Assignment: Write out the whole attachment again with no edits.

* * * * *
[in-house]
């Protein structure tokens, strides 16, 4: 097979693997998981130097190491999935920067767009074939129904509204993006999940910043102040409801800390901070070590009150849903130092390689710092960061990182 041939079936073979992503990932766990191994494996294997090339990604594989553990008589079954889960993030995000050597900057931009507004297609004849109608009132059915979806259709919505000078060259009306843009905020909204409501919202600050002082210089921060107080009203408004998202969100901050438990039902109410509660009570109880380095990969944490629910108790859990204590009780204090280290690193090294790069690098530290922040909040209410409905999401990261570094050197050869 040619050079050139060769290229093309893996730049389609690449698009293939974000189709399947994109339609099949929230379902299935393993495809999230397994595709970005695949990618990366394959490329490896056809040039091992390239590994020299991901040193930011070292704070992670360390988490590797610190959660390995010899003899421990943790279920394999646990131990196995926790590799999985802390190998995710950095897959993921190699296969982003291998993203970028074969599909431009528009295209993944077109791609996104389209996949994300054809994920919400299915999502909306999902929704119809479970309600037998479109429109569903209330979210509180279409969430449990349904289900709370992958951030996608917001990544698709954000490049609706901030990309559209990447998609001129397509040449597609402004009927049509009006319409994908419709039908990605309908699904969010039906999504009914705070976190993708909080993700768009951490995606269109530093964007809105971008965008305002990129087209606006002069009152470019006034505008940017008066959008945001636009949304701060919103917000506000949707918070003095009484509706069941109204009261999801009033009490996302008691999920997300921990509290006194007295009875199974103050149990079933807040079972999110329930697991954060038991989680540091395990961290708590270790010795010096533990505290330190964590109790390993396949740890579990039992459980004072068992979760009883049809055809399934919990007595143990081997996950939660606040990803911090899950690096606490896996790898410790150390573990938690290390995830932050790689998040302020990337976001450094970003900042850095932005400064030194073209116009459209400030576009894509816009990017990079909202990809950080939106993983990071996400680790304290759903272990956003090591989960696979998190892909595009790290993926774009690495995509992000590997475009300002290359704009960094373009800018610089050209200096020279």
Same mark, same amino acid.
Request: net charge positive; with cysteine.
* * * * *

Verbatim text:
[in-house]
């Protein structure tokens, strides 16, 4: 097979693997998981130097190491999935920067767009074939129904509204993006999940910043102040409801800390901070070590009150849903130092390689710092960061990182 041939079936073979992503990932766990191994494996294997090339990604594989553990008589079954889960993030995000050597900057931009507004297609004849109608009132059915979806259709919505000078060259009306843009905020909204409501919202600050002082210089921060107080009203408004998202969100901050438990039902109410509660009570109880380095990969944490629910108790859990204590009780204090280290690193090294790069690098530290922040909040209410409905999401990261570094050197050869 040619050079050139060769290229093309893996730049389609690449698009293939974000189709399947994109339609099949929230379902299935393993495809999230397994595709970005695949990618990366394959490329490896056809040039091992390239590994020299991901040193930011070292704070992670360390988490590797610190959660390995010899003899421990943790279920394999646990131990196995926790590799999985802390190998995710950095897959993921190699296969982003291998993203970028074969599909431009528009295209993944077109791609996104389209996949994300054809994920919400299915999502909306999902929704119809479970309600037998479109429109569903209330979210509180279409969430449990349904289900709370992958951030996608917001990544698709954000490049609706901030990309559209990447998609001129397509040449597609402004009927049509009006319409994908419709039908990605309908699904969010039906999504009914705070976190993708909080993700768009951490995606269109530093964007809105971008965008305002990129087209606006002069009152470019006034505008940017008066959008945001636009949304701060919103917000506000949707918070003095009484509706069941109204009261999801009033009490996302008691999920997300921990509290006194007295009875199974103050149990079933807040079972999110329930697991954060038991989680540091395990961290708590270790010795010096533990505290330190964590109790390993396949740890579990039992459980004072068992979760009883049809055809399934919990007595143990081997996950939660606040990803911090899950690096606490896996790898410790150390573990938690290390995830932050790689998040302020990337976001450094970003900042850095932005400064030194073209116009459209400030576009894509816009990017990079909202990809950080939106993983990071996400680790304290759903272990956003090591989960696979998190892909595009790290993926774009690495995509992000590997475009300002290359704009960094373009800018610089050209200096020279």
Same mark, same amino acid.
Request: net charge positive; with cysteine.